This is a best prospect industry sector for this country. Includes a market overview and trade data.
The manufacturing sector in Tanzania is still relatively small but has a significant contribution to the country’s overall GDP. Over the past decade the sector has averaged 8% of GDP and 4% annual growth rate. Most of the manufacturing activities is centered on simple consumer products such as foods, beverages, tobacco, textiles, chemicals, plastic, wood and steel allied products.
The recent development agenda in the country has brought industrial development back as one of the country’s policy priorities. Policy makers have made it a point to lead the process of transforming the country’s economy from low productivity and low growth to high productivity and dynamic economy, associated with structural change and sustained income growth.
Currently the domestic value addition is limited by the dependence of imported intermediate goods, signifying limited inter-industry linkages that are important for promoting domestic manufacturing base and employment. Various technological, financial, policy, and administrative constraints remain unresolved and therefore, limiting faster industrial growth and transformation. This could also serve as an opportunity for U.S companies to supply services and technologies to fill this gap.
This is the leading manufacturing sub-sector in the country since Tanzania’s economy is heavily dependent on agriculture.
Tanzania’s agribusiness sector shows great potential as it has an abundance of land and water resources and a favorable climate. But crop yields are still low and affected by inadequate storage facilities, poor or non-existent transport infrastructure, weak value chains and limited affordable financial services. This could be an opportunity for U.S companies to offer products and services to address these challenges.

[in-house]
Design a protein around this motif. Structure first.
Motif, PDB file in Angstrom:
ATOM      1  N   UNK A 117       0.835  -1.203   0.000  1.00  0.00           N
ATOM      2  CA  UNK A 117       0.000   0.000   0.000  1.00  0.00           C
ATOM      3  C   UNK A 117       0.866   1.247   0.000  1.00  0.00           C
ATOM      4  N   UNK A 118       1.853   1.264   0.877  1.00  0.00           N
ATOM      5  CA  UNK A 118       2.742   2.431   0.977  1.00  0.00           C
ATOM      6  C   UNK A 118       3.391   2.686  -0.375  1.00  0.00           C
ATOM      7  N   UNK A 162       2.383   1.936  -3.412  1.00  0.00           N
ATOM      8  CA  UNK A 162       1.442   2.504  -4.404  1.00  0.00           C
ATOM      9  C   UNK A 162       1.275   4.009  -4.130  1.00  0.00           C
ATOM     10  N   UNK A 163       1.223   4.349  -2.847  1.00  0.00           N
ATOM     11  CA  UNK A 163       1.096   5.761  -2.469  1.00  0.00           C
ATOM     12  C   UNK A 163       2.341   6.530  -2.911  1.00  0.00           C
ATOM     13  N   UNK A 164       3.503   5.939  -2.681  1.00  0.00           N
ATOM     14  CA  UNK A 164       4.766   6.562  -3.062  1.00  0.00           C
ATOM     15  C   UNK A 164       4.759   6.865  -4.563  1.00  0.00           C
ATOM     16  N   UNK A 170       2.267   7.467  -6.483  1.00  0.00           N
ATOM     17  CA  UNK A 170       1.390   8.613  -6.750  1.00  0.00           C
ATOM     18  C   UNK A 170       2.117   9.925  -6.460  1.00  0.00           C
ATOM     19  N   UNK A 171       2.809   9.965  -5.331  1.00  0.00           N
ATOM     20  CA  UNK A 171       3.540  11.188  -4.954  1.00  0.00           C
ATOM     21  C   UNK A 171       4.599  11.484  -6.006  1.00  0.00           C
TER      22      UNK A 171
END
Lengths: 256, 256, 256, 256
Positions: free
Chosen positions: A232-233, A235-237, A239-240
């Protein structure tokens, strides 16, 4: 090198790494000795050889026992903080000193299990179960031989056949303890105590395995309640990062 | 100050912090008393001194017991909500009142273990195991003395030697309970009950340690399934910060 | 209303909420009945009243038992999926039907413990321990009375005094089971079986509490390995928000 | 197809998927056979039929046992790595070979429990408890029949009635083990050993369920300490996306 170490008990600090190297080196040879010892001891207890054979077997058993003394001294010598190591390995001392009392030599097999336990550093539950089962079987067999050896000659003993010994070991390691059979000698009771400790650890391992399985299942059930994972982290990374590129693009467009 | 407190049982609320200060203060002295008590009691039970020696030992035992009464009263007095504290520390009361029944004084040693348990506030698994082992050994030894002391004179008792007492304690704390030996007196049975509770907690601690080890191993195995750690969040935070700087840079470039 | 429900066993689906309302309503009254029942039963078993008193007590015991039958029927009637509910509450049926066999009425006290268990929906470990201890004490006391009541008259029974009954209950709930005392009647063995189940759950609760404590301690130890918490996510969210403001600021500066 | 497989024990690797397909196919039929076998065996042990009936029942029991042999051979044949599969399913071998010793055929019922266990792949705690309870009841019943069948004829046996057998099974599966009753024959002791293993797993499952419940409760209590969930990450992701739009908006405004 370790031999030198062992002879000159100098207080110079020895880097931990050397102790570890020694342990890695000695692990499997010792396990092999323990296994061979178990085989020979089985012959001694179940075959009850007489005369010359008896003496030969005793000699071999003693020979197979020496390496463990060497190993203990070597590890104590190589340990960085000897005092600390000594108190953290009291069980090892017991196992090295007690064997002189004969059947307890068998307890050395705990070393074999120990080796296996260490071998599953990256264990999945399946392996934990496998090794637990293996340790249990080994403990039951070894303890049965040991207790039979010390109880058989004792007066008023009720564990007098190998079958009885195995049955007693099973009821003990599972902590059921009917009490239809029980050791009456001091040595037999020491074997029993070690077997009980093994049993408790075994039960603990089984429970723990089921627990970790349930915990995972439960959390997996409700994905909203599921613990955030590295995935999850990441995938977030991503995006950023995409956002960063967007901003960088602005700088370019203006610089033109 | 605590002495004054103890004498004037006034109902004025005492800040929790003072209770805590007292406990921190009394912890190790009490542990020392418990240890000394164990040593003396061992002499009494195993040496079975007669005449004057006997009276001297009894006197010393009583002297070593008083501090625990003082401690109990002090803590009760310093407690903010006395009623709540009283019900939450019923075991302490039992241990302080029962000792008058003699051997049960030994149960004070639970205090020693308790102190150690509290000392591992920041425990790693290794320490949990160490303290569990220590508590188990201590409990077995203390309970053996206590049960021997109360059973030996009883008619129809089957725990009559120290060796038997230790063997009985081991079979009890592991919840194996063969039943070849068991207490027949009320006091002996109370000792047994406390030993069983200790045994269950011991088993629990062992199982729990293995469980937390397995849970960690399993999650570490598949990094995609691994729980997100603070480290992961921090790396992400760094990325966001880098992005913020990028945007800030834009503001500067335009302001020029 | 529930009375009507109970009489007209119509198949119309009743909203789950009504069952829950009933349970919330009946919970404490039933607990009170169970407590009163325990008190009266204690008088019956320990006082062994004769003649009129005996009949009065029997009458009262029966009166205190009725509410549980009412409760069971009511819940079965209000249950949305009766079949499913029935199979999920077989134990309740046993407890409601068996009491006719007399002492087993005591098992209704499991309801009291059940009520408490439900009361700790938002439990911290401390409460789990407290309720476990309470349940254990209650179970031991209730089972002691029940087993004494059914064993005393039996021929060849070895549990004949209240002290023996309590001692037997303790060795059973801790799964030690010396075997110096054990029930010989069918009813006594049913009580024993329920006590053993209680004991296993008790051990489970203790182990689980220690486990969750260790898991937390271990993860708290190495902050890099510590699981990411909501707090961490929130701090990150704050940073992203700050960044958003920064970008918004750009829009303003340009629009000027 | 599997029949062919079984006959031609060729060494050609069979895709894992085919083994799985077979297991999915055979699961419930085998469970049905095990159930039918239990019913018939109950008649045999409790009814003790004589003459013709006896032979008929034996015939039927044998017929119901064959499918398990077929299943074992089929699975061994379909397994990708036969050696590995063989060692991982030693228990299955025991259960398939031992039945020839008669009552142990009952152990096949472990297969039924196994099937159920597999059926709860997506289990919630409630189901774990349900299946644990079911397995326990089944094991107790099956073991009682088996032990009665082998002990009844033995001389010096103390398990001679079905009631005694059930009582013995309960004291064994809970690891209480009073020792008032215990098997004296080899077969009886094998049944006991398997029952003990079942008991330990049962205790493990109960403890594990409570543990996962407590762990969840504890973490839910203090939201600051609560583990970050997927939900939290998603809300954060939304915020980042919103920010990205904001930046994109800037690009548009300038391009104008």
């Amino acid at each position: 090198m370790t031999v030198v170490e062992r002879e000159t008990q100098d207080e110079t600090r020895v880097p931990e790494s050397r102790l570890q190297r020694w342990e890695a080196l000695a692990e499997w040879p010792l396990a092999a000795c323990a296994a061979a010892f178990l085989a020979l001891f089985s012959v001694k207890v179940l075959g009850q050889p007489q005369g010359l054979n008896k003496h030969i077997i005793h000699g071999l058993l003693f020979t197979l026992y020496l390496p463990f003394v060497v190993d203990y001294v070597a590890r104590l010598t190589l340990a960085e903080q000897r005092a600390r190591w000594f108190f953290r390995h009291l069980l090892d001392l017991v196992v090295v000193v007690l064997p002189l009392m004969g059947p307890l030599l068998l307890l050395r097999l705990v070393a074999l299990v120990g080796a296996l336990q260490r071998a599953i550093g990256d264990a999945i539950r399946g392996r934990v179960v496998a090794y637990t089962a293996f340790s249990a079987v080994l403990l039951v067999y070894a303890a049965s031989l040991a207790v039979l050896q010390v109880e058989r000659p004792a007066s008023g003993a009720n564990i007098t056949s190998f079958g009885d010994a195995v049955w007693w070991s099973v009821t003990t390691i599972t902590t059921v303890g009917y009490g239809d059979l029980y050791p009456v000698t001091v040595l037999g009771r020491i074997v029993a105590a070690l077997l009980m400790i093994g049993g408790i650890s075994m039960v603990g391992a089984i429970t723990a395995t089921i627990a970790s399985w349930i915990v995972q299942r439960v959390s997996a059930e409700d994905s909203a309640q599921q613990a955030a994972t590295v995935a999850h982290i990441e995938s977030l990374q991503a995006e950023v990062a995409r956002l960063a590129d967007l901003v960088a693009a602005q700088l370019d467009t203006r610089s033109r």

Tanzania textile industry has evolved tremendously since independence to date from a time when the industries were owned by the government to when they are privately owned by companies.
Textiles and garments remain a compelling opportunity, with output and exports rising (including to the demanding US and EU markets) despite the number of active firms falling to 9 from 12 in 2016. Industries in the sector are involved in dyeing, spinning, wearing, printing khanga and Kitenge, bed sheets, garments, knitting woven blankets and socks.
The textile industry in the country does face some challenges, one being competition from international markets. The trade liberalization policy allowed for influx of clothes from other countries that produce superior quality and at an affordable price.
Another serious challenge is the use of old machines and equipment. Outdated machines and equipment and the inability to access timely new technology are revealed by many textile firms as a serious hindrance. Obsolete machinery needs constant, costly maintenance and repair has detrimental effects on the competitiveness of manufactured goods.
Investment in science and technology would be a remedy to revive the sector. Allocation of more funds to specialized manufacturing programs in colleges such as textile and research should be a priority.
- Supply of machinery and equipment for food processing
- Supply of chemicals for textile & food industry
- Technical training on new methods of production
Ministry of Industry and Trade